Why isn't Apple Pay taking off?
Google, Apple, Facebook (GAF)* are all trying to crack mobile selling.
Yet none of them have. And the signs are that they won’t crack it in Britain soon.
Why is this?
Well it’s not an impossible nut to crack.
China has done it. Recently there have been reports of cash disappearing in Chinese cities as people use their phones to pay for everything. Restaurants, taxis, coffee shops and even buskers take mobile money.
And Kenya’s been developing mobile money for years, well ahead of European markets.
But western markets, especially Britain, are going in a different direction.
Relatively few people use GAF to pay for anything except the odd app on Android Play or the Apple Appstore.
It’s not like GAF aren’t trying. Every few months there’s a new attempt to get us to save our card payment details on our phones. Then we could easily pay by waving our phone.
For instance Apple has recently made payment via Watch easier. Apple Pay integrations reportedly increase checkout conversion rates by 200%. And this sort of dramatic increase in conversions from Apple Pay has been reported in many comparable situations where people save their card details.
But there’s been plenty of evidence in recent months that most people aren’t converting to Apple Pay and its competitors.
Ofcom's 2017 Communications Market Report shows that only 5% of people have tried mobile payment, up 1% on the year.
I was intrigued by this. So I asked Transport for London (TfL) - which deals with millions of transactions annually covering £1.7bn. You’d expect that London as the leading city in the UK, itself one of the leading ecommerce markets globally, would be a major user of Apple Pay.
Tfl’s figures show something different.
They show that only 1.5% of payments on the London underground system are by Apple & Android Pay. That compares to 17.7% by contactless cards. That’s 12 times more payments through cards than contactless. The balance in case you are wondering is people using London’s Oyster payment card - of whom 80% are topping up by bank card.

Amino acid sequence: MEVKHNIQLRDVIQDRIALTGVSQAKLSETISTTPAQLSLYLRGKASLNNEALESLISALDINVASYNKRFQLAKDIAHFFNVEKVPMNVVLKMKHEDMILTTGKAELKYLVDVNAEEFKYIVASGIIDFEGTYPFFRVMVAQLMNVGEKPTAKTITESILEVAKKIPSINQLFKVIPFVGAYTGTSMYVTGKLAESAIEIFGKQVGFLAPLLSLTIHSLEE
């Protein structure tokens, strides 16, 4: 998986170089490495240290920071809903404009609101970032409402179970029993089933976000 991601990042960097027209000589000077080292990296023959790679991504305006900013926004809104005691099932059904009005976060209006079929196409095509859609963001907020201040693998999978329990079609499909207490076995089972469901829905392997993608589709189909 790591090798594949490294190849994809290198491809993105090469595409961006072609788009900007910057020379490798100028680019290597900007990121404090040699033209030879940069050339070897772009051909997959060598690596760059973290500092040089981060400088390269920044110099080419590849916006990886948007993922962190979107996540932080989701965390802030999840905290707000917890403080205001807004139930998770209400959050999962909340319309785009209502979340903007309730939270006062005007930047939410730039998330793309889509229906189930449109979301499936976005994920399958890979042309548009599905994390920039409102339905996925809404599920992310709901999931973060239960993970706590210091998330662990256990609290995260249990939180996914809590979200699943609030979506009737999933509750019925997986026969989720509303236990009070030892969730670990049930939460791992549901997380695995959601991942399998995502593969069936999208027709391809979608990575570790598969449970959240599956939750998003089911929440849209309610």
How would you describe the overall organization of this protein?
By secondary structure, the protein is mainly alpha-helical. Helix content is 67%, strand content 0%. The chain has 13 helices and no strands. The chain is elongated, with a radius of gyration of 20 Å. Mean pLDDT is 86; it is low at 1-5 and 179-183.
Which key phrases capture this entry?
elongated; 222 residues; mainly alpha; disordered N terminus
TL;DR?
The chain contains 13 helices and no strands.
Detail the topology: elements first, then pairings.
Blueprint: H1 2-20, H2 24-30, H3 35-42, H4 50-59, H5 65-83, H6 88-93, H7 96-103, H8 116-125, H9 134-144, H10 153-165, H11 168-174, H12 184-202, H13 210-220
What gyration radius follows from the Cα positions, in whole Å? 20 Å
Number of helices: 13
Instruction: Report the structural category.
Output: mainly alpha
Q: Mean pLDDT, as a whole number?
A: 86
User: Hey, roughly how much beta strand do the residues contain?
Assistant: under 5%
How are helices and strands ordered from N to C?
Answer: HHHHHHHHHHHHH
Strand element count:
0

In other words, people have the choice to use Android and Apple Pay, but they just don’t use it.
Figures from UK Finance, a trade body, show contactless payment using cards rocketing. 34% of card payments are now contactless, and use is increasing fast, up 130% in the last year. Britons turn out to find contactless payment even better than mobile payments.
It seems to be the value of being first mover for contactless cards.
As Scott Thompson, insights director at Publicis Media, says: “If you use a card (Oyster or credit/debit) and it doesn't work, it looks like there is a problem with the card or the reader. Everyone has experienced it, so you get some degree of sympathy. But if you use a phone (or worse, a watch) and it doesn't work, you just look like an idiot playing with technology that doesn't work and getting in everyone's way.”
I’m also told by industry experts that the RFID technology in contactless cards tends to work slightly faster and more reliably than the type of NFC used in phones.
So the key thing is practical. Contactless payment comes automatically with 111m cards being used in Britain. And there are 506,000 terminals that take payment. That means almost everyone can take one out of their wallet and pay.
You’ll virtually never wave your card at the bar of a pub for them to look at you confused. While if you wave your phone or your watch, they might look confused.
So while the barriers to people using Apple & Android Pay aren’t high, they are just high enough to slow their adoption. Probably not forever. But a good reminder that just because you might think that a technology should take off, it’s not the same as it going mainstream.
*Amazon is missing from this list because they do have large numbers of logged in users for their app. And, currently, they aren’t trying to be a facilitator of buying anything on any device - you still need to go through their website or app for everything.